Business Report, October 7 2011 at 05:00am

Ayanda Mdluli

A crackdown on retailers selling contaminated food and defective electronic goods to unsuspecting rural
consumers was announced yesterday by the consumer commissioner Mamodupi Mohlala.

The National Consumer Commission (NCC) would investigate and draft an aggressive strategy to curb
retailers operating in rural areas who sold unsafe and damaged goods to consumers who had limited
knowledge of their rights.

Addressing about 300 delegates from the consumer goods industry in Sandton, Mohlala said imported
electronic products and contaminated foods had made their way into supermarkets and spaza shops in
rural areas.

Some supermarkets were alleged to be selling outdated products such as canned foods, beans and
packaged custards. Other supermarkets were alleged to be selling expired meat that had turned green, as
well as mealie-meal infested with insects.

“We will call on the National Prosecuting Authority (NPA) and the police to act and use the provisions of the
National Consumer Protection Act to arrest the transgressors,” she said.

Among these supermarkets were Pick n Pay chains Boxer Superstores and Score Supermarkets, and
dozens of spaza shops and supermarkets situated next to taxi ranks

Mohlala said these complaints arose in areas such as the Free State and the North West.

Another problem, identified in low-income areas such as townships and poor residential areas in the cities,
were inefficiencies in refund policies and mispriced products.

Consumers have reported that in many instances, retailers had one price on the shelves, and another,
usually a higher one, at the paypoint, inducing a false payment from the customer and a higher profit for the

The NCC said shops had violated certain sections of the Consumer Protection Act that highlighted
consumers’ rights to return goods found to be unsafe or defective to the supplier without penalty.

This is in contravention of section 23 of the act, which stipulates that the correct prices must be adequately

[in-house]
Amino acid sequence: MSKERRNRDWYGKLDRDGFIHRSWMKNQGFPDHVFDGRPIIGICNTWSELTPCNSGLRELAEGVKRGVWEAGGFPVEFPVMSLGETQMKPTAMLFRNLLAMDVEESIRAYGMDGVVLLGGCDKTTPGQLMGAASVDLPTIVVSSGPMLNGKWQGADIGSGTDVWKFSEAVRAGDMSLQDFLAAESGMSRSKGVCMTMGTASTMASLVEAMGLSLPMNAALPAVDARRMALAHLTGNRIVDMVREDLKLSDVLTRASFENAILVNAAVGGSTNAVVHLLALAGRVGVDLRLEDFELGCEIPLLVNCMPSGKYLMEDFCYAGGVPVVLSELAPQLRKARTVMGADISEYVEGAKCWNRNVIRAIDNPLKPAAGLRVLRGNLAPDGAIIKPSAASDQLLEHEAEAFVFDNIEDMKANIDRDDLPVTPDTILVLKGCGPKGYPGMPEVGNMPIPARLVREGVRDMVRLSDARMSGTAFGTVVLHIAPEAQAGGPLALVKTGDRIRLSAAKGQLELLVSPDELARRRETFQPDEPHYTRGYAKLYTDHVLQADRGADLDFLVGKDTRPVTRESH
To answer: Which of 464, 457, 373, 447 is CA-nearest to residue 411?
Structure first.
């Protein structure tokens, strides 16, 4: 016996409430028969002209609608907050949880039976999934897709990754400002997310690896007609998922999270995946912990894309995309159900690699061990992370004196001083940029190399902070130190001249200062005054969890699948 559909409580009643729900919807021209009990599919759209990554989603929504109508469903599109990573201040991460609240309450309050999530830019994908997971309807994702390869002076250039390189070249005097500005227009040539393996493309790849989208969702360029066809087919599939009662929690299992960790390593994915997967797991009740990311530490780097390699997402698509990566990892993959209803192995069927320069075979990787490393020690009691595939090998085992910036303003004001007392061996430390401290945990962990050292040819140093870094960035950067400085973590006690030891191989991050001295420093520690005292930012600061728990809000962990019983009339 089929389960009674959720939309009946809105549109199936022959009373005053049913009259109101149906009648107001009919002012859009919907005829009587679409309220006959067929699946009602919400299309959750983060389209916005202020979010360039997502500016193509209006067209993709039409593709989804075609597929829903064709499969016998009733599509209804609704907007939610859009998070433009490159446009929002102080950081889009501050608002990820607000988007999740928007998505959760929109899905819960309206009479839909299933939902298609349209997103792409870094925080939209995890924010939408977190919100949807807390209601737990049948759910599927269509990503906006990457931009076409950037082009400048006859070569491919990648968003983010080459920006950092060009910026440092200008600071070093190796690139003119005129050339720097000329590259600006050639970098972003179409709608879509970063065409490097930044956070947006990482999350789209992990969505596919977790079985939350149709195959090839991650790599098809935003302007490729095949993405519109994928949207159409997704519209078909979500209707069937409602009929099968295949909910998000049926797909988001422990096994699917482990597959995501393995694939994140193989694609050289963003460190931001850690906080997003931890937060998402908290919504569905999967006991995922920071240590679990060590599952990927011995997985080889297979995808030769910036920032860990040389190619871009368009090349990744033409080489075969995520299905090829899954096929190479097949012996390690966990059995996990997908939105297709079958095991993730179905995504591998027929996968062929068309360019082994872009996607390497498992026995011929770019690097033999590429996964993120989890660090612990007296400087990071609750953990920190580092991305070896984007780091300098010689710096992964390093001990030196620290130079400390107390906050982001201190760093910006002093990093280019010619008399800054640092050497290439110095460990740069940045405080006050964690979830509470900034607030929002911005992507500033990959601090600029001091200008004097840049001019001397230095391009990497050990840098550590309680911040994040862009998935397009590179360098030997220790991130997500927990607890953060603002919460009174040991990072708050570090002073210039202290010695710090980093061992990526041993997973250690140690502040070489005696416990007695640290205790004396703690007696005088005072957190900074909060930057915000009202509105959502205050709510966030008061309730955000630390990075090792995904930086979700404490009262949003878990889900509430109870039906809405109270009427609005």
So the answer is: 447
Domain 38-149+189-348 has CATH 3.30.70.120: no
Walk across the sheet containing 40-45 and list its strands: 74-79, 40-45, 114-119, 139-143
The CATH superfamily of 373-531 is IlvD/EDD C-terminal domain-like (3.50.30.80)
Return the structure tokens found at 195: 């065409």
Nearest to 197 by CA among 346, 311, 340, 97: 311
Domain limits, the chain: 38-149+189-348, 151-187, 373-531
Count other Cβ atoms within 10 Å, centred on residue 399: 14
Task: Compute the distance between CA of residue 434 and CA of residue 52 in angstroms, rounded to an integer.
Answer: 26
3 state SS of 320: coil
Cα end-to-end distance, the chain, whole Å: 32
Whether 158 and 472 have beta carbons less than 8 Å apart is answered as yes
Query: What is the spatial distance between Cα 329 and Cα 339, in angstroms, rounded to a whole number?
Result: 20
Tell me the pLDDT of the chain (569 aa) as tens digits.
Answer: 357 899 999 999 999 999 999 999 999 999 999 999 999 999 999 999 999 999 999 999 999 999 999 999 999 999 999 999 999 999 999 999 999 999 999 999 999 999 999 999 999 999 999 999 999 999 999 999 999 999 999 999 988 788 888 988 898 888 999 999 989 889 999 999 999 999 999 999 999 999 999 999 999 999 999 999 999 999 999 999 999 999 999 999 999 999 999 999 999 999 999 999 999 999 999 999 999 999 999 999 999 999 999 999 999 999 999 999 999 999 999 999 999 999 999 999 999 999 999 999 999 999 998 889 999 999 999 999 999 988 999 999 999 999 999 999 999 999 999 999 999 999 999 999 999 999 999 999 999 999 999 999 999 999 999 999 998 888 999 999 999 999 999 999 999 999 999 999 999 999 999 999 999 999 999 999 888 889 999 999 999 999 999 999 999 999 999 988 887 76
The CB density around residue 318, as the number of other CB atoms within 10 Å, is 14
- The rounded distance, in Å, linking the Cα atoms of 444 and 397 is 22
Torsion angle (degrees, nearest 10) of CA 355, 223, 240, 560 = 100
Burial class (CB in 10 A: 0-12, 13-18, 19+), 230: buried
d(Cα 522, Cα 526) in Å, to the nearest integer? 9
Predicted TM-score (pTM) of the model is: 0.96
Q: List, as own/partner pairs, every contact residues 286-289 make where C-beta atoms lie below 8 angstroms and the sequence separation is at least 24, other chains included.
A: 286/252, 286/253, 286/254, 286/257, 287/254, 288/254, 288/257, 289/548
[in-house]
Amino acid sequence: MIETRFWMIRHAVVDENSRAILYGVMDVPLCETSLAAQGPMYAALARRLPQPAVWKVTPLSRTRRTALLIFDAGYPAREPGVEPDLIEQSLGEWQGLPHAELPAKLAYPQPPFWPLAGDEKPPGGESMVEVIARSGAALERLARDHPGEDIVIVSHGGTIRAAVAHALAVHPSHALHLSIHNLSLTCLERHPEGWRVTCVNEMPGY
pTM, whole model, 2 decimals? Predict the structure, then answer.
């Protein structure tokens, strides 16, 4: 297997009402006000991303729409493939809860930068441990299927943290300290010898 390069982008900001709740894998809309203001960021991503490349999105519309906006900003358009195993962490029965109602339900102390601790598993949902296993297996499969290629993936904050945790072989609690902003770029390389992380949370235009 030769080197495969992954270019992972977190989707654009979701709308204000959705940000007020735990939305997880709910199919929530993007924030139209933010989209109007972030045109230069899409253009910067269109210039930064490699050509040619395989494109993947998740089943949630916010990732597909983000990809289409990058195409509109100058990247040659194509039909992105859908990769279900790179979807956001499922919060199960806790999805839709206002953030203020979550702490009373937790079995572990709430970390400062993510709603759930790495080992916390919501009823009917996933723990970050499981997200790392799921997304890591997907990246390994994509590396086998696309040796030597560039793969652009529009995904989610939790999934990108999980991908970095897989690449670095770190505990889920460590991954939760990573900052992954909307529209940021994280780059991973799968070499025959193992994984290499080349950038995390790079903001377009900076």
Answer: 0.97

displayed to consumers in relation to particular goods.

The NCC said its investigations carried out in July uncovered that some Makro, Ackermans, Checkers
Hyper and Game stores had not priced products accordingly.

Makro had 14 products that were not priced properly, Checkers Hyper had nine and Game at the Centurion
Shopping Centre had 22. Sweets and chocolates at Ackermans Menlyn Shopping Centre were not priced
in accordance with section 23 of the act.

Retailers including Skechers World Famous, Rage Menlyn Ladies, Pumpkin Patch South Africa, Hi Fi
Corporation and JFK Everywear had violated sections of the act relating to refunds.

Sarita Van Wyk, the Shoprite group’s spokeswoman, said the company was aware of the provisions of the

. “It is the group’s view that it will not be in the interest of the 39 million customers who support its business
or its more than 95 000 employees to put them at risk by running the business irresponsibly,” she said.

Wim Theron, the general manager of Pick n Pay’s operations division, said the company considered the
guarantee of safe, nutritionally adequate and culturally acceptable food paramount to its business.

He added that food items were “not recycled in any way, shape or form”, and due to the food safety risk,
expired food was not donated to charity organisations. It was destroyed through a wet waste disposal